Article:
Work began Friday to open an alternate route through Volcano should Highway 11 become impassable.
During a community meeting Thursday in Volcano, Mayor Harry Kim said the county will spare no expense or effort in making sure Highway 11 remains open as long as possible while work on an alternate route commences.
The primary option for an alternate route is a mostly gravel road running closely parallel to Highway 11, connecting the south end of Piimauna Drive to Volcano Road near the Volcano School of Arts and Sciences. Kim said county, state, federal and private agencies would work to make the route passable for general traffic as quickly as possible.
“They said it would take two weeks to finish it,” Kim said. “I said I’d settle for one.”
Kim spoke with Gov. David Ige on Friday to begin the project, said Wil Okabe, county managing director.
“(Kim and Ige) will be working in partnership to make sure the road stays open and traffic can get through to Naalehu,” Okabe said, adding that Kim instructed the Department of Public Works to begin work Friday.
While Okabe confirmed that Kim is still confident work on the alternate route can be completed within a week, he said the encroaching Hurricane Hector could interfere with such plans.
Neil Azevedo, chief of the county Department of Public Works Highway Maintenance Division, assured residents at Thursday’s meeting that the alternate route will only be opened to general traffic if Highway 11 is completely closed. If only one lane of Highway 11 remains open, then the alternate route will remain closed.
Azevedo also confirmed that any work on the alternate route will address the shape of Piimauna Drive, whose dog-leg path where it intersects with Highway 11 makes it highly inconvenient for large trucks.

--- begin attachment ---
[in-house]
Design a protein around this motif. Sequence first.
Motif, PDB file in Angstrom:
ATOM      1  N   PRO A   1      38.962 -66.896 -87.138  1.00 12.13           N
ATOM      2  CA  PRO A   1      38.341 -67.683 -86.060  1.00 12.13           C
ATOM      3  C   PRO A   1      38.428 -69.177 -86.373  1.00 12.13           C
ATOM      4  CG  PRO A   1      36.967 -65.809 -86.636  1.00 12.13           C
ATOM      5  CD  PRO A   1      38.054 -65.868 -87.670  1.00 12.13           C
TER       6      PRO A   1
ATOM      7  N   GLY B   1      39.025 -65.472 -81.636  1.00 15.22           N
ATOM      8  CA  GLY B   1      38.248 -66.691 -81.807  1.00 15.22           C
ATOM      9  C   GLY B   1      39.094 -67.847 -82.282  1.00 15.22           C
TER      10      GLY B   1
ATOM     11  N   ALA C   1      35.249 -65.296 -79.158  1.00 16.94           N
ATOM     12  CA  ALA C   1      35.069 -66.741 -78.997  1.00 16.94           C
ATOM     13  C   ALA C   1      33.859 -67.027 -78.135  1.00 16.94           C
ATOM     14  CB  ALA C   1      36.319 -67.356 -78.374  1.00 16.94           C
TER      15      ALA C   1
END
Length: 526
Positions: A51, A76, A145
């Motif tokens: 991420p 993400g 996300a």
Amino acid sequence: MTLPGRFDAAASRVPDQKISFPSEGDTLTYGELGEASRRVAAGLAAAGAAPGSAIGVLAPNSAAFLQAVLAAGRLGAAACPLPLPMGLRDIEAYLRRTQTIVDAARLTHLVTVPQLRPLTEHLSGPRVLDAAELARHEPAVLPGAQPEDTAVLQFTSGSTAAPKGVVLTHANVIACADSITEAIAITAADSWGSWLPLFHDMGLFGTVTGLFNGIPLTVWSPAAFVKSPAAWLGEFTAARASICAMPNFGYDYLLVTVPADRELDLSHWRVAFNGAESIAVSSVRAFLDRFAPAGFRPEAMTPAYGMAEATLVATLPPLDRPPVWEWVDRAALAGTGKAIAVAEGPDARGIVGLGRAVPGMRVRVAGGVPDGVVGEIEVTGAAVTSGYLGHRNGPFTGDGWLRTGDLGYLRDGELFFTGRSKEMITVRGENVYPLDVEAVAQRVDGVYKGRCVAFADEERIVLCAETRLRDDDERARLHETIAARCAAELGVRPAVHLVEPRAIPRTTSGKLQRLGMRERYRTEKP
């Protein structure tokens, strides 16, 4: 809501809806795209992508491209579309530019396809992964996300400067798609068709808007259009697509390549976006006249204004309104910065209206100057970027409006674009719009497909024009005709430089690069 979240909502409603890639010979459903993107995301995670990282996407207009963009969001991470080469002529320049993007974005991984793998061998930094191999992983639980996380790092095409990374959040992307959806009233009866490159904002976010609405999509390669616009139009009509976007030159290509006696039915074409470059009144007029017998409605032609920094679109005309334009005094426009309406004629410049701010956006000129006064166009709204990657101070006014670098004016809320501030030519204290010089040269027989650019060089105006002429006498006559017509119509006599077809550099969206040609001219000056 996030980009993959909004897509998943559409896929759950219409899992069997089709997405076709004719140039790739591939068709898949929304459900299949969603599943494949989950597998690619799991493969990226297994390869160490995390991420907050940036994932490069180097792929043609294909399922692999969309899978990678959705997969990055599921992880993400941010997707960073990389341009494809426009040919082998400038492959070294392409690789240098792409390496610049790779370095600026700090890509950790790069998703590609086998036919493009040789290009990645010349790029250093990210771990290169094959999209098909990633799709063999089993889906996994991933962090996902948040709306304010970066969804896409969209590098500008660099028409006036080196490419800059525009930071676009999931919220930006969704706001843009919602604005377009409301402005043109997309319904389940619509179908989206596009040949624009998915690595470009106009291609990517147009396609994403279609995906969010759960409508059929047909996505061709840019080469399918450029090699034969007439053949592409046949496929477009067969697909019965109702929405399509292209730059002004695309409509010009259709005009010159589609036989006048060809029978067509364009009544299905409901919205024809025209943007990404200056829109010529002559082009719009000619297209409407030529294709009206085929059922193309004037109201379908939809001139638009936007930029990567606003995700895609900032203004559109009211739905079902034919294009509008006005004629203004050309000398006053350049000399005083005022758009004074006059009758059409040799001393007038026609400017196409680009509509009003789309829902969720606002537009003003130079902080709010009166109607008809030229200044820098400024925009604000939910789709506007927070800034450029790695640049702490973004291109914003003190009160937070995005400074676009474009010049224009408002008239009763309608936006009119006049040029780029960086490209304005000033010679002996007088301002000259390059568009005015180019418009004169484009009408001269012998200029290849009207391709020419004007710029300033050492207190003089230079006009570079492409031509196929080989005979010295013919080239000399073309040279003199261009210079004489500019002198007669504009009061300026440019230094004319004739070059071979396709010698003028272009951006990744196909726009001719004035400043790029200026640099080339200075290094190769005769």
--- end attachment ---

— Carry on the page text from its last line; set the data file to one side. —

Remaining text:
“We’ll make it round for you,” Azevedo said. “We’ll make it nice and smooth.”
A second potential alternate route is planned to connect the north end of Piimauna Drive across private property to Mahiai Road, and then from Mahiai Road to Wright Road back to Highway 11.
Hawaii County Civil Defense Administrator Talmadge Magno said the legal issues required for the county to build a roadway along that route would take longer to negotiate.
“I realize this is an intrusion on your privacy,” Kim told residents during Thursday’s meeting. “But we have limited alternatives.”
Initial plans for an alternate route included possibly opening Crater Rim Drive within Hawaii Volcanoes National Park, Kim said, but he discovered the volcano’s frequent tremors have degraded the park’s roads to a greater degree than he expected.
“We can use it in an emergency, but to depend on it for ingress and egress is foolhardy,” Kim said.
The state of Highway 11 has been a cause of concern for several weeks. On multiple occasions, one lane of the highway has been temporarily closed after sinkholes opened beneath the road’s surface, and ongoing seismic activity has caused the highway to buckle and crack.
The seismicity of Kilauea summit is fueled by the receding lava lake at Halema‘uma‘u in the national park, which has led to substantial slumping of the terrain around the caldera, accompanied by frequent collapse events that release energy equivalent to a 5.0-magnitude earthquake or stronger.
Tina Neal, scientist-in-charge at the U.S. Geological Survey’s Hawaiian Volcano Observatory, said the 62nd such collapse event since the lower Puna Kilauea eruption began occurred Thursday.
Email Michael Brestovansky at email@example.com.